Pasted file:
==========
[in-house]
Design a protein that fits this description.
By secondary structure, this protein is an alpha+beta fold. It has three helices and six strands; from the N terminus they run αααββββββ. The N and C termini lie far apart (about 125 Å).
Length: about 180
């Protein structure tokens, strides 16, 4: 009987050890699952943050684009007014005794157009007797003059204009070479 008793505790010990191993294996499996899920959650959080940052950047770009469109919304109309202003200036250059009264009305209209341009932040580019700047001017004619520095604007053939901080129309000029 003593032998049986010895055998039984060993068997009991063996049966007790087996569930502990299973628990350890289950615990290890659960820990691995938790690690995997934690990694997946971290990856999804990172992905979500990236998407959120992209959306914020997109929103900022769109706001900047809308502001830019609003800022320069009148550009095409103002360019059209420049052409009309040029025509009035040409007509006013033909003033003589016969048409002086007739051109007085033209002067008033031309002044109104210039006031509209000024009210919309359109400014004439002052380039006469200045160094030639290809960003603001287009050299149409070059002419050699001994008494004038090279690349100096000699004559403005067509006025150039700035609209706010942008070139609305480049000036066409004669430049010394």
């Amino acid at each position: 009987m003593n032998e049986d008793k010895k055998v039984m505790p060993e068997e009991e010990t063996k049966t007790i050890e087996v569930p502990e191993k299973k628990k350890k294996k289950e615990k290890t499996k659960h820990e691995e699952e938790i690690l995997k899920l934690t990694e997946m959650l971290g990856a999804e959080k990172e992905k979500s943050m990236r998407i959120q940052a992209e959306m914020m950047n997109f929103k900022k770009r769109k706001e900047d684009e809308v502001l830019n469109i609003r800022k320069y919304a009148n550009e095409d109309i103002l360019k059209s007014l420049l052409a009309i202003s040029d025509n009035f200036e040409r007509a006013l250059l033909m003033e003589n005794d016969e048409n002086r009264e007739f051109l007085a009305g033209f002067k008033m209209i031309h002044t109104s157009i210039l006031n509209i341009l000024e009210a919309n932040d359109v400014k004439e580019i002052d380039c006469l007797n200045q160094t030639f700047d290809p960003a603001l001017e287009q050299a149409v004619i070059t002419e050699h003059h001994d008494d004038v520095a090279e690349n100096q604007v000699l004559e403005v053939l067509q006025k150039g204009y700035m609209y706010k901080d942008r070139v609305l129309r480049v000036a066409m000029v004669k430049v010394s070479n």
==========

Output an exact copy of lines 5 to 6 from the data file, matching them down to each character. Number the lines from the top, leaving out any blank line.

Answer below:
């Protein structure tokens, strides 16, 4: 009987050890699952943050684009007014005794157009007797003059204009070479 008793505790010990191993294996499996899920959650959080940052950047770009469109919304109309202003200036250059009264009305209209341009932040580019700047001017004619520095604007053939901080129309000029 003593032998049986010895055998039984060993068997009991063996049966007790087996569930502990299973628990350890289950615990290890659960820990691995938790690690995997934690990694997946971290990856999804990172992905979500990236998407959120992209959306914020997109929103900022769109706001900047809308502001830019609003800022320069009148550009095409103002360019059209420049052409009309040029025509009035040409007509006013033909003033003589016969048409002086007739051109007085033209002067008033031309002044109104210039006031509209000024009210919309359109400014004439002052380039006469200045160094030639290809960003603001287009050299149409070059002419050699001994008494004038090279690349100096000699004559403005067509006025150039700035609209706010942008070139609305480049000036066409004669430049010394």
């Amino acid at each position: 009987m003593n032998e049986d008793k010895k055998v039984m505790p060993e068997e009991e010990t063996k049966t007790i050890e087996v569930p502990e191993k299973k628990k350890k294996k289950e615990k290890t499996k659960h820990e691995e699952e938790i690690l995997k899920l934690t990694e997946m959650l971290g990856a999804e959080k990172e992905k979500s943050m990236r998407i959120q940052a992209e959306m914020m950047n997109f929103k900022k770009r769109k706001e900047d684009e809308v502001l830019n469109i609003r800022k320069y919304a009148n550009e095409d109309i103002l360019k059209s007014l420049l052409a009309i202003s040029d025509n009035f200036e040409r007509a006013l250059l033909m003033e003589n005794d016969e048409n002086r009264e007739f051109l007085a009305g033209f002067k008033m209209i031309h002044t109104s157009i210039l006031n509209i341009l000024e009210a919309n932040d359109v400014k004439e580019i002052d380039c006469l007797n200045q160094t030639f700047d290809p960003a603001l001017e287009q050299a149409v004619i070059t002419e050699h003059h001994d008494d004038v520095a090279e690349n100096q604007v000699l004559e403005v053939l067509q006025k150039g204009y700035m609209y706010k901080d942008r070139v609305l129309r480049v000036a066409m000029v004669k430049v010394s070479n």